US 4808923 A
Apparatus for determining the location of a naval vessel includes a magnetic source connected to the vessel for emitting a predetermined magnetic field. Two magnetic detection devices fixed to the seabed detect and measure at least two components of the emitted magnetic field. Location calculation means are coupled to the two magnetic detection devices for calculating the location of the vessel from the components measured by the two magnetic detection devices.
1. Apparatus for determining the location of a naval vessel, comprising:
magnetic source means adapted to be connected to said vessel, for emitting an alternating magnetic field which has a predetermined orientation with respect to the vessel,;
two magnetometers, adapted to be fixed to a sea bed below the water through which said vessel navigates, for detecting and measuring at least two components of the emitted alternating magnetic field; and
location calculation means, coupled to said two magnetometers, for calculating the location of said vessel from the measured components of the emitted alternating magnetic field.
2. Apparatus as claimed in claim 1, wherein said magnetic source means comprises a solenoid fed with and forming a current loop.
3. Apparatus as claimed in claim 2, wherein said solenoid is fed with a current having a predetermined frequency.
4. Apparatus as claimed in claim 3, wherein said solenoid is oriented so as to emit a magnetic flux whose field lines are perpendicular to the plane of navigation of the naval vessel.
5. Apparatus as claimed in claim 4, wherein said solenoid includes suspension means for keeping the solenoid in the same position with respect to a horizontal plane.
6. Apparatus as claimed in claim 5, further comprising means for damping the movements of the solenoid.
7. Apparatus as claimed in claim 1, further including magnetic field immunization loops disposed in said vessel, and wherein said magnetic source comprises at least one of said immunization loops fed with an AC current having a predetermined frequency.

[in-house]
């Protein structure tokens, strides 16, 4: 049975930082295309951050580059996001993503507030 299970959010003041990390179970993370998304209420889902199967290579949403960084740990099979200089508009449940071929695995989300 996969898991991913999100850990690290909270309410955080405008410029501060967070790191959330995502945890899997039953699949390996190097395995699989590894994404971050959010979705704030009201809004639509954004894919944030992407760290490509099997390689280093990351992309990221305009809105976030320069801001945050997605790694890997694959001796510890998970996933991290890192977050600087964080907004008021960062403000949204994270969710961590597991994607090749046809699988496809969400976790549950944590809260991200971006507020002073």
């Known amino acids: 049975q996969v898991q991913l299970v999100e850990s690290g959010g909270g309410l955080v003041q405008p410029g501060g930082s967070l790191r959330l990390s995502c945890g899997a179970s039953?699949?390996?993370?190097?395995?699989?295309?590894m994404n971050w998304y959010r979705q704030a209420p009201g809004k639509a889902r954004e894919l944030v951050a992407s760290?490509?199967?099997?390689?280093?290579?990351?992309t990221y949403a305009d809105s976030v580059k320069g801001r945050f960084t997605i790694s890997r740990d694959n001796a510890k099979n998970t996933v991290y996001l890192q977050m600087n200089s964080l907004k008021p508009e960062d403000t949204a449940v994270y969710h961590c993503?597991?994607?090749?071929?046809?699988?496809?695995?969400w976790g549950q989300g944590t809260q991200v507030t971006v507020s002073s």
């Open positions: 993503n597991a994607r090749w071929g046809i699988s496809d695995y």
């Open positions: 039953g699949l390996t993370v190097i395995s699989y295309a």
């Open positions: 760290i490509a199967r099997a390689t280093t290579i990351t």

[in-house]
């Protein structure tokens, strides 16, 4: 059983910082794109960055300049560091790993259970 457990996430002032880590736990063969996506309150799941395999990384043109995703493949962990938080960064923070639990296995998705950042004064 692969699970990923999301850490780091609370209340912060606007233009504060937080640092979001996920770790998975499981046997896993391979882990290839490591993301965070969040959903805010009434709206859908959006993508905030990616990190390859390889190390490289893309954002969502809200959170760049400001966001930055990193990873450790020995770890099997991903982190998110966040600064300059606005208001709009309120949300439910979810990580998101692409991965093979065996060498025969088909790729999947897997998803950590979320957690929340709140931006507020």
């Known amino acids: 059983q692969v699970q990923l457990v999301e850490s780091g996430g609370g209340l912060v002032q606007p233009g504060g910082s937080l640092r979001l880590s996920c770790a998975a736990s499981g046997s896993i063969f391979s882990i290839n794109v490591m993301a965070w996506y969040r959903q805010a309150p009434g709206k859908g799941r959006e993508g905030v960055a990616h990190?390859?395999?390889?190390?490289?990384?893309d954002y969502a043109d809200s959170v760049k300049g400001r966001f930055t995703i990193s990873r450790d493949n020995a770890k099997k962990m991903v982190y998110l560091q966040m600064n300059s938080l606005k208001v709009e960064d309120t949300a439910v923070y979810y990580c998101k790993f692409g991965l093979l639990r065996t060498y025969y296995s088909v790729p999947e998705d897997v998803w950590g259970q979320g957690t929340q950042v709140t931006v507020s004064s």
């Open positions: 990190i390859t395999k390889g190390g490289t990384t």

8. Apparatus as claimed in claim 1, wherein said two magnetometers comprise detection means of an immunization adjustment station.
9. Apparatus according to claim 1 wherein said two magnetometers are disposed in a plane which is substantially parallel to a plane of navigation of said vessel.
10. Apparatus according to claim 1 wherein each said magnetometer is oriented to detect and measure said two components of the emitted magnetic field, said two magnetometers means being situated in a plane which is substantially parallel to a plane of navigation of said vessel.
11. Apparatus according to claim 1 wherein each of said magnetometers comprises two directional magnetometers each oriented along an axis lying in a plane which is substantially parallel to a plane of navigation of said vessel, the axis of one of said directional magnetometers being substantially perpendicular to the axis of the other one of said directional magnetometers.
This is a continuation of application Ser. No. 631,750 filed July 17, 1984, which was abandoned upon the filing hereof.
The path calculating system of FIG. 1 comprises a magnetic radiation emission source 11 fixed to a naval vessel 10, two magnetometers 12 and 13 and a processing installation 14.
The vessel 10 navigates, on the surface, for example, in a given navigation zone contained in a plane xOy.